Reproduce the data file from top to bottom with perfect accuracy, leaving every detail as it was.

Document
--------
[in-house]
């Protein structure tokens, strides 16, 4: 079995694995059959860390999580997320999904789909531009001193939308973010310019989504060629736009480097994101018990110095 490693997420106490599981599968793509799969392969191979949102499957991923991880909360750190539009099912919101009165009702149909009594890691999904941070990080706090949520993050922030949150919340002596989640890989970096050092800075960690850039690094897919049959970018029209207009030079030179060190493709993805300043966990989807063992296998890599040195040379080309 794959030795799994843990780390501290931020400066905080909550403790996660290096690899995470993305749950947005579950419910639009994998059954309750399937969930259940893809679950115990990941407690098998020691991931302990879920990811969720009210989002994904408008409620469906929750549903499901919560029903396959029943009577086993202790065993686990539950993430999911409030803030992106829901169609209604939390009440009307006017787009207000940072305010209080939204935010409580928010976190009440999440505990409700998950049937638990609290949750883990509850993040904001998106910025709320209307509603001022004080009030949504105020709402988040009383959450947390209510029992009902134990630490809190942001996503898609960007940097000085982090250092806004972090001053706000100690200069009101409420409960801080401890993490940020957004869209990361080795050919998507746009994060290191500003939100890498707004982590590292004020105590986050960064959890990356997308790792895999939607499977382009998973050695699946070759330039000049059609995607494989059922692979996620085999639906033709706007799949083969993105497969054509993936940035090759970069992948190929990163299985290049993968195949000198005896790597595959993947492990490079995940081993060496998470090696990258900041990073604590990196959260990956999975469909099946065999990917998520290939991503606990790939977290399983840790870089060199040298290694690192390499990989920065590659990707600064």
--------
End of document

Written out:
[in-house]
């Protein structure tokens, strides 16, 4: 079995694995059959860390999580997320999904789909531009001193939308973010310019989504060629736009480097994101018990110095 490693997420106490599981599968793509799969392969191979949102499957991923991880909360750190539009099912919101009165009702149909009594890691999904941070990080706090949520993050922030949150919340002596989640890989970096050092800075960690850039690094897919049959970018029209207009030079030179060190493709993805300043966990989807063992296998890599040195040379080309 794959030795799994843990780390501290931020400066905080909550403790996660290096690899995470993305749950947005579950419910639009994998059954309750399937969930259940893809679950115990990941407690098998020691991931302990879920990811969720009210989002994904408008409620469906929750549903499901919560029903396959029943009577086993202790065993686990539950993430999911409030803030992106829901169609209604939390009440009307006017787009207000940072305010209080939204935010409580928010976190009440999440505990409700998950049937638990609290949750883990509850993040904001998106910025709320209307509603001022004080009030949504105020709402988040009383959450947390209510029992009902134990630490809190942001996503898609960007940097000085982090250092806004972090001053706000100690200069009101409420409960801080401890993490940020957004869209990361080795050919998507746009994060290191500003939100890498707004982590590292004020105590986050960064959890990356997308790792895999939607499977382009998973050695699946070759330039000049059609995607494989059922692979996620085999639906033709706007799949083969993105497969054509993936940035090759970069992948190929990163299985290049993968195949000198005896790597595959993947492990490079995940081993060496998470090696990258900041990073604590990196959260990956999975469909099946065999990917998520290939991503606990790939977290399983840790870089060199040298290694690192390499990989920065590659990707600064």